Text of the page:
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Food Combining Myths

author image August McLaughlin
August McLaughlin is a certified nutritionist and health writer with more than nine years of professional experience. Her work has been featured in various magazines such as "Healthy Aging," "CitySmart," "IAmThatGirl" and "ULM." She holds specializations in eating disorders, healthy weight management and sports nutrition. She is currently completing her second cookbook and Weight Limit—a series of body image/nutrition-related PSAs.
Food Combining Myths
A small portion of salmon on a bed of lettuce and chives. Photo Credit laddawanh/iStock/Getty Images


Food combining diets encourage eating foods, such as starches, proteins, fats and fruits, in certain combinations. Proponents of the diet believe that eating fruit with starches or protein, for example, causes the fruit to sour in your stomach and results in poor absorption of nutrients. While you may reap benefits from food combining if it helps you improve your food choices and portion sizes, the technique is unnecessary and its benefits are not upheld by science.

Reduces Toxins

Proponents of food combining diets believe that eating foods in "bad" combinations, such as eating a protein-rich food, such as fish, with a starch, including bread or rice, increases toxicity in your digestive tract. Similarly, the diets promote "good" food combinations, such as eating protein-rich foods with a fat source, including oil or nuts, reduces toxins in your digestive system and leads to reduced risk for infections and disease, indigestion, gas, pain, bloating and other bothersome symptoms. According to dietitian and author of the "American Dietetic Association Complete Food and Nutrition Guide," Roberta Larson Duyf, eating foods in various combinations and avoiding others does not reduce toxins or improve digestion. Your digestive system is designed to digest a variety of foods and nutrients, regardless of the combination. Positive hygiene habits, avoiding tobacco smoke and eating antioxidant-rich foods, such as colorful fruits and vegetables, are more useful, effect means of reducing or preventing toxins from causing harm.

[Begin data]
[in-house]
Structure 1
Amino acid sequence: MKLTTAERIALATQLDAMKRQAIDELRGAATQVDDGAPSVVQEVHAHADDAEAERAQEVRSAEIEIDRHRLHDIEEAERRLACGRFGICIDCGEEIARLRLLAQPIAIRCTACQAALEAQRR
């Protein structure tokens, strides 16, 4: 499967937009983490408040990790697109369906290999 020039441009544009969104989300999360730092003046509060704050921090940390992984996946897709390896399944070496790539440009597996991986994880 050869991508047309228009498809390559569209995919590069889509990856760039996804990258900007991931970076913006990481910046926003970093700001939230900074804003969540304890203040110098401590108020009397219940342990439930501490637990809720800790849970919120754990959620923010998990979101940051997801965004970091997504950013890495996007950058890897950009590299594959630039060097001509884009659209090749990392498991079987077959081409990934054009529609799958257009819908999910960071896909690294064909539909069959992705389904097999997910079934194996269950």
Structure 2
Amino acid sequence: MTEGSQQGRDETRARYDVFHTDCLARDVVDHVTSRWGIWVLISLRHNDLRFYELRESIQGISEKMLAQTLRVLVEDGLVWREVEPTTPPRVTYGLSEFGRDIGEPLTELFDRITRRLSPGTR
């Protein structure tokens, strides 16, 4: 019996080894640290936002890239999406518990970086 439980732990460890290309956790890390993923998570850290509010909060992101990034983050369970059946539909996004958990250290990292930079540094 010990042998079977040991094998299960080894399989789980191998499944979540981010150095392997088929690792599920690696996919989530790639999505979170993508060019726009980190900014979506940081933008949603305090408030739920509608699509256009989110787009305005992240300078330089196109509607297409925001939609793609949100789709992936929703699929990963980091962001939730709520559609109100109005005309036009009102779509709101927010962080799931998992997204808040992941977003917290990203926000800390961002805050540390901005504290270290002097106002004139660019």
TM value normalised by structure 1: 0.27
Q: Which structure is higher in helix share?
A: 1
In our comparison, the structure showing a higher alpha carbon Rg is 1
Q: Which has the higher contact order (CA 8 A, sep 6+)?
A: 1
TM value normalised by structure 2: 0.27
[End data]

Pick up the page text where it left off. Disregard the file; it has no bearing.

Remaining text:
Weight Loss

Numerous diets also promote the food combining technique as a useful way to reduce food cravings and lose weight. The notions that eating foods in certain combinations and avoiding others can reduce body fat or have a positive influence over your appetite and weight are also false, according to Dyuff. Eating fewer calories, ideally through a balanced, nutritious diet -- you burn through physical activity -- is a safe and proven method of managing your weight. If you struggle with food cravings and/or appetite control, consider managing your stress, which can help reduce emotional-derived hunger and eating, according to MayoClinic.com, or eating more fiber-rich foods, such as vegetables, fruits and whole grains, and protein-rich foods, such as low-fat dairy products and fish, which enhance satiation.

Improved Energy And Moods

Numerous food combining diets also promise improved energy levels and mood balance as a result of eating foods solely in "good" combinations. In fact, combining proteins and carbohydrates — a "bad" combination, according to food combining diets — helps make the feel-good brain chemical serotonin more available in your brain. Mayo Clinic nutritionists Jennifer Nelson and Katherine Zeratsky suggest low-glycemic foods, such as whole grains, chocolate and omega-3 fatty acid sources, including fatty fish and walnuts, as mood-boosting food choices. These foods can help keep your blood sugar levels balanced, promote feelings of relaxation and help you sleep. Carbohydrates provide glucose — your body's primary energy source. For these reasons, eliminating carbohydrates from meals that contain protein-rich foods may in fact lead to reduced energy levels or increased cravings for carbohydrate sources.

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